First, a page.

Removing both wheels - Yamaha FJR Forum : Yamaha FJR Owners Forums
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post #1 of 17 (permalink) Old 07-14-2019, 01:52 PM Thread Starter
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Removing both wheels

I need to put new rubber on my FJR. I plan to take the rims to a local shop to install the new rubber. Here’s my question, with the bike on the center stand, removing the rear wheel is obviously easy. For the front, which I would remove first from a simple weight distribution standpoint, is there any reason I can’t balance the forks on blocking after the rim is removed? I was also thinking of a piece of pipe slipped though the fork ends and the placed on jack stands. What’s the weight distribution front to rear? How have other folks accomplished this?
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post #2 of 17 (permalink) Old 07-14-2019, 03:35 PM
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Originally Posted by das86turbo View Post
I need to put new rubber on my FJR. I plan to take the rims to a local shop to install the new rubber. Here’s my question, with the bike on the center stand, removing the rear wheel is obviously easy. For the front, which I would remove first from a simple weight distribution standpoint, is there any reason I can’t balance the forks on blocking after the rim is removed? I was also thinking of a piece of pipe slipped though the fork ends and the placed on jack stands. What’s the weight distribution front to rear? How have other folks accomplished this?
Put bike on center-stand. Jack up the front with the jack under the header pipes.

Remove front wheel.

Lower the front onto blocks and remove rear wheel. I would loosen the rear axle nut BEFORE removing the front wheel.

You can lower the front right down to the ground making removing the rear much easier, but you MUST strap the center-stand tightly to the front of the bike first to prevent it falling forwards off the stand.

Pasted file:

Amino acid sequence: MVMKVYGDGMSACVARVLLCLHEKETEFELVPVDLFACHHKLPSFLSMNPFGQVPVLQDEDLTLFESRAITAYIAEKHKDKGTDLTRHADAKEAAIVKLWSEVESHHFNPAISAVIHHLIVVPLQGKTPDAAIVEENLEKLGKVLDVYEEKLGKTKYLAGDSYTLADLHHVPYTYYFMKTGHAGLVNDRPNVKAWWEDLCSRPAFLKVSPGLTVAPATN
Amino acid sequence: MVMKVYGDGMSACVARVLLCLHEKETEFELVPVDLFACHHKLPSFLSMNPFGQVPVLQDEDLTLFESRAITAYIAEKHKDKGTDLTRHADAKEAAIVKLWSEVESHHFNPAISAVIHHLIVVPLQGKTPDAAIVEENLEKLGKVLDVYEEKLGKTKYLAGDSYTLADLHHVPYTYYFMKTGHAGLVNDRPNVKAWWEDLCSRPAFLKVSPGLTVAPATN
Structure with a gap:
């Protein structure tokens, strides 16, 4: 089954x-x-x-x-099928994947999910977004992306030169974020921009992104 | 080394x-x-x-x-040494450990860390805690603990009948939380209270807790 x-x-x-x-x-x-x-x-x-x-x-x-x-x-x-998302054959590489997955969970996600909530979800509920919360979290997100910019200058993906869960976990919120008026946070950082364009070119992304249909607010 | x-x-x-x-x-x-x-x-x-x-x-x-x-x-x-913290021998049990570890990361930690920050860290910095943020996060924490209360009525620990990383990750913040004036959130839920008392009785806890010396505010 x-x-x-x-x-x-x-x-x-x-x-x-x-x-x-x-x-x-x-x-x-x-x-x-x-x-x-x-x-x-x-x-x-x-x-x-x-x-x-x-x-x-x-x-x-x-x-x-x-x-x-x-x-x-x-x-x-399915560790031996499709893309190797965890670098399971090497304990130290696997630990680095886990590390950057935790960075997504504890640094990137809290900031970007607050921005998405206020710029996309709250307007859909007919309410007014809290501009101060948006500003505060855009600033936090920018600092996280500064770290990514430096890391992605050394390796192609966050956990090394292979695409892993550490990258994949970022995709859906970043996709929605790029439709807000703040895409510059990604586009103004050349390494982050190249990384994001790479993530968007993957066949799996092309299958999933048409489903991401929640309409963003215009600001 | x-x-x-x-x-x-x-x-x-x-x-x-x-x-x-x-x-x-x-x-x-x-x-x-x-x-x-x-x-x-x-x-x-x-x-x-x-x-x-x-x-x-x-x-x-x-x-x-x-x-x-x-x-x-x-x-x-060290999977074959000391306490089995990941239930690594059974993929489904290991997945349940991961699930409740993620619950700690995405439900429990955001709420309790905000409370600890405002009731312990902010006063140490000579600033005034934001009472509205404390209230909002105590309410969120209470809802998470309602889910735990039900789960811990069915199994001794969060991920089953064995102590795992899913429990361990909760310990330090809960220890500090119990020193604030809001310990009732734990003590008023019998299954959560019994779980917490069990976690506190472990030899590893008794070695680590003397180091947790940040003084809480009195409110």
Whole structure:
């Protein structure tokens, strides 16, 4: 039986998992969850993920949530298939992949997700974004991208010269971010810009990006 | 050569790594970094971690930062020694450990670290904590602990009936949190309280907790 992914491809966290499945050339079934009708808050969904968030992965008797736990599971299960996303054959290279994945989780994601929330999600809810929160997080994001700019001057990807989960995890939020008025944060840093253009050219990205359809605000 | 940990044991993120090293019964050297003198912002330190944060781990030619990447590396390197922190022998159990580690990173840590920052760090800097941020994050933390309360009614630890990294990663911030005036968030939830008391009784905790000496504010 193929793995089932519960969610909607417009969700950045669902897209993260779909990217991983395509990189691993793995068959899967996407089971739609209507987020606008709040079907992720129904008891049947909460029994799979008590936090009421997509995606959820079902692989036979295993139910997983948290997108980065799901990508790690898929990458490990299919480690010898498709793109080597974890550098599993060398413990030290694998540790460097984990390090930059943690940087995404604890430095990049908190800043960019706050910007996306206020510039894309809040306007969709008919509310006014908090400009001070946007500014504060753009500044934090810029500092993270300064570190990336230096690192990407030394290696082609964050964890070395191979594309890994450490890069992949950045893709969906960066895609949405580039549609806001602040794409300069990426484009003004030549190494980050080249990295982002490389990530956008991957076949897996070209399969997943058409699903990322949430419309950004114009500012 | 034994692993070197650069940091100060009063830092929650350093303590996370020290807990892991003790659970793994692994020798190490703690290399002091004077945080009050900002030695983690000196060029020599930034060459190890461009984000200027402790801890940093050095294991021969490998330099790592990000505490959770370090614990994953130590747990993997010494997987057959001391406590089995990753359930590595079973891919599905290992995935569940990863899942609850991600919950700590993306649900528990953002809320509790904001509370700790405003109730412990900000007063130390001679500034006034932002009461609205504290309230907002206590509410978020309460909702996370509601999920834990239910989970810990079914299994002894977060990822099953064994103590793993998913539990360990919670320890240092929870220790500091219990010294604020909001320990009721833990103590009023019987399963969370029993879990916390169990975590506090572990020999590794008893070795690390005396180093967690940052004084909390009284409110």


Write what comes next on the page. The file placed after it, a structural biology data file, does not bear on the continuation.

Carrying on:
Steve

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Last edited by Steve Bracken; 07-14-2019 at 03:37 PM. Reason: Added info
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post #3 of 17 (permalink) Old 07-14-2019, 03:53 PM
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The weight on the front is the same as it is right now, except for the weight of the front wheel. Now once you remove the mass of the rear wheel, that is going to change.

I really like Steve's advice about securing the center stand with rope or wratchet. That removes one more variable from the equation. I can see my surprise as I carefully lower it to the ground only to have the centerstand collapse...

I have a few pieces of 6x6 timber around the shop and two stacked and an additional 2x4 about kept the bike stable while I changed the front sneaker.

Also, I had an engine hoist handy, so I lifted the bikes front wheel with a rope around the handle bars (aware of the wiring). It was a very light weight with the rear wheel attached, about 35-45 pounds if that.

Please let us know how it goes and what you learn from your experience.

If its got teats or tires, your bound to have trouble with it...
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post #4 of 17 (permalink) Old 07-14-2019, 04:30 PM Thread Starter
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Great input. I too like the advice of anchoring the center stand to the front forks. Not something I would have thought of. Expensive mistake potentially, failing to safeguard. I may break out my cherry picker .
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post #5 of 17 (permalink) Old 07-14-2019, 04:59 PM
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Great input. I too like the advice of anchoring the center stand to the front forks. Not something I would have thought of. Expensive mistake potentially, failing to safeguard. I may break out my cherry picker .